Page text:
As might be expected, ADRAS is a fairly small satellite (60×60×100cm with a mass of about 100kg) and will be able to capture and deorbit only relatively small spacecraft, but that is the purpose of a demonstrator. Design details are sparse, but the company has published images of a box-shaped mothercraft releasing a hexagonal ‘boy’ powered by solid propellant thrusters. This catcher satellite is equipped with a circular disc mounted on a ‘gimbal assembly’ to provide a degree of manoeuvrability for the adhesive-coated disc which, it is hoped, will attach itself to non-cooperative targets.
Pressed for details of this all-important coating, Yamazaki was unhelpful: “we will share more at the right time”, he said. Asked about the advantages of the adhesive over the types of capture mechanism used by other proposed systems, he said: “Among the various advantages... it is a simple solution, which has minimal mechanical movement and thus a lower probability of mechanical failure.”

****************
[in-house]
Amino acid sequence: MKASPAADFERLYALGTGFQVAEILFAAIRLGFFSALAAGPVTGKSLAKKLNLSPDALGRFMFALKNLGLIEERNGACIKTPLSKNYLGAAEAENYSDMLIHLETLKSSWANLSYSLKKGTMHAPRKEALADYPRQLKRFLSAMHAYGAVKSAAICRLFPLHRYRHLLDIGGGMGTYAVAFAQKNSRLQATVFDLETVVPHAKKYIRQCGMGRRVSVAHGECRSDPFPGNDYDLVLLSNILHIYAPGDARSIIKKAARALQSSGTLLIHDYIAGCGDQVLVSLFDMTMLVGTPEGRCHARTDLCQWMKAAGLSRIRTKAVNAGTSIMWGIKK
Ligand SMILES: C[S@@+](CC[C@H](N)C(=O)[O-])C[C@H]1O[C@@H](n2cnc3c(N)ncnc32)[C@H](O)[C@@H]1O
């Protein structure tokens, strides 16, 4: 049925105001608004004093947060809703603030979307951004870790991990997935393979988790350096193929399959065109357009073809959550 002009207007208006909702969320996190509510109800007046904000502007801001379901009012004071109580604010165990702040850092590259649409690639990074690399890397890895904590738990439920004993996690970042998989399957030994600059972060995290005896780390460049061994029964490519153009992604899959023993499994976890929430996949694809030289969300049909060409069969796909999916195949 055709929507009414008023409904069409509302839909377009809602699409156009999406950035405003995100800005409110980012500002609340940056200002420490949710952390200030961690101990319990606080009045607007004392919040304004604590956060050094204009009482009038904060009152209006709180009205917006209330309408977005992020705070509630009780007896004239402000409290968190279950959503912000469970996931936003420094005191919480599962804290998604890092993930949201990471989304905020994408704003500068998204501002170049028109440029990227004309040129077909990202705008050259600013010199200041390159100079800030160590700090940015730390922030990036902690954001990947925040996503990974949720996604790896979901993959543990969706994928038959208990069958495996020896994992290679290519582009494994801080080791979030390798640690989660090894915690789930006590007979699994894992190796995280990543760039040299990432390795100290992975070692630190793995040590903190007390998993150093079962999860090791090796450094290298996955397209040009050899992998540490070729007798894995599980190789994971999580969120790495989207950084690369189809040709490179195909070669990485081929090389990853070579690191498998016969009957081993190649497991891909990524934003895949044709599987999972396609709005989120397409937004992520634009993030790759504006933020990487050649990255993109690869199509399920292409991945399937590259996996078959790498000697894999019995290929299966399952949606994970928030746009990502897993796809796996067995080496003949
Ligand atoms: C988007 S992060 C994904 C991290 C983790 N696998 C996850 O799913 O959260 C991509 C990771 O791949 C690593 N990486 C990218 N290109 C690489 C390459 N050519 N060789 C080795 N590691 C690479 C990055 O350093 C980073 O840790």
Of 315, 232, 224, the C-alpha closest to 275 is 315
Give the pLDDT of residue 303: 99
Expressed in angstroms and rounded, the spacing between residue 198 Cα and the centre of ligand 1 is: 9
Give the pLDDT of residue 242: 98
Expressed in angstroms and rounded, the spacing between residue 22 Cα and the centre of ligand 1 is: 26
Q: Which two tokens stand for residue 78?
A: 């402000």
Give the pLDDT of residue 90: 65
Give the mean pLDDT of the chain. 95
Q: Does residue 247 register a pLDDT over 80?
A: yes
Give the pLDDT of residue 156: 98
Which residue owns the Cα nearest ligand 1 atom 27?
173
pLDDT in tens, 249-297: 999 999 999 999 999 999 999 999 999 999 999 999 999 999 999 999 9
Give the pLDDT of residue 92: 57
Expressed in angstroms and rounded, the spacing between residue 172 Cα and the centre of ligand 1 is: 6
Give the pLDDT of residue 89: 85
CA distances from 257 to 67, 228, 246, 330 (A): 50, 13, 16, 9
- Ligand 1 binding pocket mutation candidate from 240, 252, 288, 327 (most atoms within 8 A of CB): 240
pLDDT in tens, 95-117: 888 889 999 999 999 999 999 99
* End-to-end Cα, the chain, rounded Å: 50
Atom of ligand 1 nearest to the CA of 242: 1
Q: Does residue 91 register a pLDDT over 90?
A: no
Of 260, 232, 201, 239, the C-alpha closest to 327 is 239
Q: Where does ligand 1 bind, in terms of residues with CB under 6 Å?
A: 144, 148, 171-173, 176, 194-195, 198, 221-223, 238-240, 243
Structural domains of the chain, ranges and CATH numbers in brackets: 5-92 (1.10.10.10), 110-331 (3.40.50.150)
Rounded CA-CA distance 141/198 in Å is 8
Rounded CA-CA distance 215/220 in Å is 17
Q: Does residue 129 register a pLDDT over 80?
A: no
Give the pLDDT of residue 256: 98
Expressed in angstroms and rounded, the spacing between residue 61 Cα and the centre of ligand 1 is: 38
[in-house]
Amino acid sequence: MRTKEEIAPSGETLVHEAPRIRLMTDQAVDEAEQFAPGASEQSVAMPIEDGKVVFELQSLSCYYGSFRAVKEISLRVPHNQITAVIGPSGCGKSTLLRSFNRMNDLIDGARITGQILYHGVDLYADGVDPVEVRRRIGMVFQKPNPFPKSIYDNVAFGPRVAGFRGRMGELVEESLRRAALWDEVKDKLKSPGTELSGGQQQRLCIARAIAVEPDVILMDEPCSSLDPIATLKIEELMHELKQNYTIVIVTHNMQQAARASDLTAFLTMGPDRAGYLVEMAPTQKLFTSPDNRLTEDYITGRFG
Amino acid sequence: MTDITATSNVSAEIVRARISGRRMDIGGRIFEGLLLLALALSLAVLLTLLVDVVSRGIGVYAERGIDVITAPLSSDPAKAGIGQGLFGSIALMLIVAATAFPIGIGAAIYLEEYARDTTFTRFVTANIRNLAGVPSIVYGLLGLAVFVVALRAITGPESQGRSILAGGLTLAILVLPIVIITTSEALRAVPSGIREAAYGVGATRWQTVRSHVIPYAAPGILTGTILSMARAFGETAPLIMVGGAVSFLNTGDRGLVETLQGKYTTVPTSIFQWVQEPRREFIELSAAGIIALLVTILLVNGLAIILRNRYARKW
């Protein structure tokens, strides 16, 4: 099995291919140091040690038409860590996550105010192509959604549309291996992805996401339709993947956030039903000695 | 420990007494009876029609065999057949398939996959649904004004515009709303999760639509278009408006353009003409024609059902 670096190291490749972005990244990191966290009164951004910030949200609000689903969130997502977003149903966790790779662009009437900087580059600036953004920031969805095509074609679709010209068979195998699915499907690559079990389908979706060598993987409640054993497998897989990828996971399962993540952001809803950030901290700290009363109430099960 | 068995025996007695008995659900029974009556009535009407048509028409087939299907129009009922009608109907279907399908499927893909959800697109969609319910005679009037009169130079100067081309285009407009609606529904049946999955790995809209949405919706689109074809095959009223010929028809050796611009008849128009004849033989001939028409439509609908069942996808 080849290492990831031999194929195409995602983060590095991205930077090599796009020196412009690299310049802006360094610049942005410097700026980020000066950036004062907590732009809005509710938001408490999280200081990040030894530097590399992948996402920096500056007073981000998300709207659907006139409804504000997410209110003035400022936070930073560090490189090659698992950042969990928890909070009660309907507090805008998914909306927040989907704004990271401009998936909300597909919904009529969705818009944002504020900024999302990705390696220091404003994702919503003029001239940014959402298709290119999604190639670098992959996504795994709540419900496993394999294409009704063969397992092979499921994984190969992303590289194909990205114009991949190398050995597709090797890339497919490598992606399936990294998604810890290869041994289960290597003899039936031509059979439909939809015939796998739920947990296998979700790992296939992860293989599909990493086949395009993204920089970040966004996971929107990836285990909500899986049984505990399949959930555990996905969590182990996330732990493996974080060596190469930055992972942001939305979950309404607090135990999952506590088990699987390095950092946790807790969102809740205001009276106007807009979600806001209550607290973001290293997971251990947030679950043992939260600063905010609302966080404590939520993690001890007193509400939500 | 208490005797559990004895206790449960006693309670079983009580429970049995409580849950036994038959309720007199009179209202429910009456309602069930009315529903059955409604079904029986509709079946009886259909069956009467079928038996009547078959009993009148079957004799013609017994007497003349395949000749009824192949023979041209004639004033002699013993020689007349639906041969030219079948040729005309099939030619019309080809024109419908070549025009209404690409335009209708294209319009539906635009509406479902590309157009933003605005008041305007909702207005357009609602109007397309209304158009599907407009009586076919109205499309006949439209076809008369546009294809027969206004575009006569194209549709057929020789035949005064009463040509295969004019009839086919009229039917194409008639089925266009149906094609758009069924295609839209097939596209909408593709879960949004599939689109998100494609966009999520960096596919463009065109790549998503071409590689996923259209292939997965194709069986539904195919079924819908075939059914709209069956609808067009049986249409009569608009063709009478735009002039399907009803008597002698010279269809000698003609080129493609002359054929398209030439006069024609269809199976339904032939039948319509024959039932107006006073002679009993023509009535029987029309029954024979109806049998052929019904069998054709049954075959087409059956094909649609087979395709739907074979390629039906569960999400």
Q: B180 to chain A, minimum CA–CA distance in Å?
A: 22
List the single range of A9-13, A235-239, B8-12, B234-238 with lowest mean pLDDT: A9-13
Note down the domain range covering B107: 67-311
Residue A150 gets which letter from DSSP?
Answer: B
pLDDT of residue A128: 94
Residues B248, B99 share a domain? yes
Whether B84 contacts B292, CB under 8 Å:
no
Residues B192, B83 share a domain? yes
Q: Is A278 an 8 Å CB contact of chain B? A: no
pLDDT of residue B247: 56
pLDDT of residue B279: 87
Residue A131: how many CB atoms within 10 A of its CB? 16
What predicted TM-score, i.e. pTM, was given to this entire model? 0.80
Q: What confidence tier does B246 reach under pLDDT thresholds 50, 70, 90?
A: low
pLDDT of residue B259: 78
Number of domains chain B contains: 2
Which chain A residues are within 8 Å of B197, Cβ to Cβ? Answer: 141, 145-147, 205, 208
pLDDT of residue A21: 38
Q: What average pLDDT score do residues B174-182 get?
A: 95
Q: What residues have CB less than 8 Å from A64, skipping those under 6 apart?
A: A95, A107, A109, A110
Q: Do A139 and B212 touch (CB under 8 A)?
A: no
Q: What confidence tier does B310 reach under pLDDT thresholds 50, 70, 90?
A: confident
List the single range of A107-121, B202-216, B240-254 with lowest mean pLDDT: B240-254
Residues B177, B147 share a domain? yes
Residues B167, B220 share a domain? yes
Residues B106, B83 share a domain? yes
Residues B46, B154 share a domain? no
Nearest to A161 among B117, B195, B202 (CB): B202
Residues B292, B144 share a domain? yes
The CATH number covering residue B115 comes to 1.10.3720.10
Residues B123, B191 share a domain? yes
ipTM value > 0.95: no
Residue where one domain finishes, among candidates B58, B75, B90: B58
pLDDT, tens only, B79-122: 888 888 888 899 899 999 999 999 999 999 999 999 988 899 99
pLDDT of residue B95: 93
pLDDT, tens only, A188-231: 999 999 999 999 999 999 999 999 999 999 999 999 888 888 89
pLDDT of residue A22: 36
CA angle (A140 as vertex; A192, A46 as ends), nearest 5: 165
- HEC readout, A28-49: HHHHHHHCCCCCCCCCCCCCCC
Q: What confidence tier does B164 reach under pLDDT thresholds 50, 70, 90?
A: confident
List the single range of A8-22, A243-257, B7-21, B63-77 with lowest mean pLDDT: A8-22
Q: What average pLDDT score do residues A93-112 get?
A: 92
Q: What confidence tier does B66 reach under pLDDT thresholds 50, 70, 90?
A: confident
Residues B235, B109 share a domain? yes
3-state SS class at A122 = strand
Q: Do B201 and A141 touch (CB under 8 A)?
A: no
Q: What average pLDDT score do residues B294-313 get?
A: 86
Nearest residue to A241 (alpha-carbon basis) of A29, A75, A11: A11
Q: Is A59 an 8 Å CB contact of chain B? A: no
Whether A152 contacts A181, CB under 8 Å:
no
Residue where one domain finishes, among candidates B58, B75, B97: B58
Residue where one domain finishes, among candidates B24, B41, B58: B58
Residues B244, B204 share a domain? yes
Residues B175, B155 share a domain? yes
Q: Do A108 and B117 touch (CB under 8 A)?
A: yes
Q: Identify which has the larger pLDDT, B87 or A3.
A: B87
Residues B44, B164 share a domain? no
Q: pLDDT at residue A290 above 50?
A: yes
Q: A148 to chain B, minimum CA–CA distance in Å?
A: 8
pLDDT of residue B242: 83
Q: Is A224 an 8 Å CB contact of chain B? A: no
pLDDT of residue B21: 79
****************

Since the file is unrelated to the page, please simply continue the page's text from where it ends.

As for the disadvantages, such as trying to grab a thermal blanket that could tear, he admitted that “not all surfaces may be compatible with our adhesive”. However, he added, “we have a solution for this challenge... which we will share at the right time”.
Although it’s true to say that no-one has presented actual flight hardware for a debris removal mission, AstroScale does not have the field entirely to itself and will ultimately have to compete if ADR enters the commercial marketplace. For example, the German Aerospace Centre, DLR, has announced plans to launch its robot-arm-equipped Deutsche Orbital Servicing Mission (DEOS), which includes a debris removal demonstration, in 2018.
Less certain is a proposal from Switzerland’s École Polytechnique Fédérale de Lausanne with the optimistic name of Clean Space One, which is designed to catch a cubesat with a conical net and remove it from orbit.
Return of the Rockoon?